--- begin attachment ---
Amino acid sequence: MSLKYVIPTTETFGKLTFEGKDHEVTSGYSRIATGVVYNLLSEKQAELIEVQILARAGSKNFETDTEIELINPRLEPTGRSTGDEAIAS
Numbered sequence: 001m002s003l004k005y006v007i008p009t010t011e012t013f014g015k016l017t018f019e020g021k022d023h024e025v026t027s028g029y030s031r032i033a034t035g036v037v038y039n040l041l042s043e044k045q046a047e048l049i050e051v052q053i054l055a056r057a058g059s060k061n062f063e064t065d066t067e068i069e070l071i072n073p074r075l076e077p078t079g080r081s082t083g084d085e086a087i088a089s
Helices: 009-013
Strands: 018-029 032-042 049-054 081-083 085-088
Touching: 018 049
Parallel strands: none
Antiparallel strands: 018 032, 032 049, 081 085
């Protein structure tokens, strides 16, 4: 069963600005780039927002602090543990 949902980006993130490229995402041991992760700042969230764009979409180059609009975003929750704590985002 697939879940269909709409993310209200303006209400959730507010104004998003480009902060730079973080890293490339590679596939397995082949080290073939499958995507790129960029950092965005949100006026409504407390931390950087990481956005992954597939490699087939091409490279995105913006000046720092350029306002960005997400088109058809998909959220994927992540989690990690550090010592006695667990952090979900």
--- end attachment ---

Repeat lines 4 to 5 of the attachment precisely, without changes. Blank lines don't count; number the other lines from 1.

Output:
Strands: 018-029 032-042 049-054 081-083 085-088
Touching: 018 049